A little before Christmass there was a program called “Vienna Blood” on the television, I wonder if anyone else saw it. This particular episode concerned the murder of a monk. But the prologue over the credits to the episode was very interesting, because it set forth Freud’s theory of religion and the story filled out one possible interpretation of religion in life. The prologue told about how human being ranges between the deepest, most pathetic emotions and the highest and most spiritual refinement of rational thought. Freud suggests that religion is the emotional response to life, quite uncontrollable and completely controlling. Everything rises out of, and is covered by, sentiment. He says feeling pervades all life and must be transcended. Freud suggests that people are crushed by religion, and formal religions use that emotion to subjugate believers to its strict hierarchy. But I don’t believe Freud for a second, although I believe he gives us a very important description of faith. —— Religion does unite the whole of life – emotion and sprit find expression in both the phrases, “OMG” and “Creator of the heavens”. These memes are the linguistic outpouring which point to our individual journey’s end. They reveal, if we reflect on it, what is important to us, as we exclaim our disappointment at bitter times and our wonder at better times. –  I would like us to conclude our reflection this morning, by saying with feeling and full intent, “Oh my God … ”


Second Sunday of Advent


O Lord, raise up, we pray, your power and come among us, and with great might succour us; that whereas, through our sins and wickedness we are grievously hindered in running the race that is set before us, your bountiful grace and mercy may speedily help and deliver us; through Jesus Christ your Son our Lord, to whom with you and the Holy Spirit, be honour and glory, now and for ever.


Almighty God, purify our hearts and minds, that when your Son Jesus Christ comes again as judge and saviour we may be ready to receive him, who is our Lord and our God.

Post Communion

Father in heaven, who sent your Son to redeem the world and will send him again to be our judge: give us grace so to imitate him in the humility and purity of his first coming that, when he comes again, we may be ready to greet him with joyful love and firm faith; through Jesus Christ our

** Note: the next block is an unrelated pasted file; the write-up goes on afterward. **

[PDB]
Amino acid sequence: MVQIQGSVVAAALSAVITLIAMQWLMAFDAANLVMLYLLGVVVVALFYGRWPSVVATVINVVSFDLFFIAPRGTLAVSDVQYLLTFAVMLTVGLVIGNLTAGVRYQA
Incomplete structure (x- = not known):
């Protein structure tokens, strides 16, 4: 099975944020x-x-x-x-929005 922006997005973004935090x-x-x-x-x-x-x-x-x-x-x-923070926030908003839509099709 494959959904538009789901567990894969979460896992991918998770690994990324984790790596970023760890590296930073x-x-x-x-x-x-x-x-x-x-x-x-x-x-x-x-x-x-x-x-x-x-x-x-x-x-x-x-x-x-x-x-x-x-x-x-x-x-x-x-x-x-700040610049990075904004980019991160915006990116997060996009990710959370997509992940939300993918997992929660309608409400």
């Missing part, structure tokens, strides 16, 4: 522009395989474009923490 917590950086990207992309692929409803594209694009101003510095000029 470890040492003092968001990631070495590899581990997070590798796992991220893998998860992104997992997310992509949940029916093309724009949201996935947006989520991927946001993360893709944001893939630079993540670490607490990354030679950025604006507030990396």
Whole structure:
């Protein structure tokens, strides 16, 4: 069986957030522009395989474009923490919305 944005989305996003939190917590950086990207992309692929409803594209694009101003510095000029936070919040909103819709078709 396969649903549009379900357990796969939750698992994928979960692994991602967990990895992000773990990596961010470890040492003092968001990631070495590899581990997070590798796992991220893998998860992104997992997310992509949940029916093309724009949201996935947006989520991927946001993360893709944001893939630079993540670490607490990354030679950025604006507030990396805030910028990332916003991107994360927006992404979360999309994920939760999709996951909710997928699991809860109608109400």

Old Testament

See, I am sending my messenger to prepare the way before me, and the Lord whom you seek will suddenly come to his temple. The messenger of the covenant in whom you delight—indeed, he is coming, says the Lord of hosts. But who can endure the day of his coming, and who can stand when he appears?

For he is like a refiner’s fire and like fullers’ soap; he will sit as
a refiner and purifier of silver, and he will purify the descendants of Levi and refine them like gold and silver, until they present offerings to the Lord in righteousness. Then the offering of Judah and Jerusalem will be pleasing to the Lord as in the days of old and as in former years.

Malachai 3:1–4




I thank my God every time I remember you, constantly praying with joy in every one of my prayers for all of you, because of your sharing in the gospel from the first day until now. I am confident of this, that the one who began a good work among you will bring it to completion by the day
of Jesus Christ. It is right for me to think this way about all of you, because you hold me in your heart, for all of you share in God’s grace with me, both in my imprisonment and in the defence and confirmation of the gospel. For God is my witness, how I long for all of you with the compassion
of Christ Jesus. And this is my prayer, that your love may overflow more and more with knowledge and full insight to help you to determine what is best, so that on the day of Christ you may be pure and blameless, having produced the harvest of righteousness that comes through Jesus Christ for
the glory and praise of God.

Philippians 1.3–11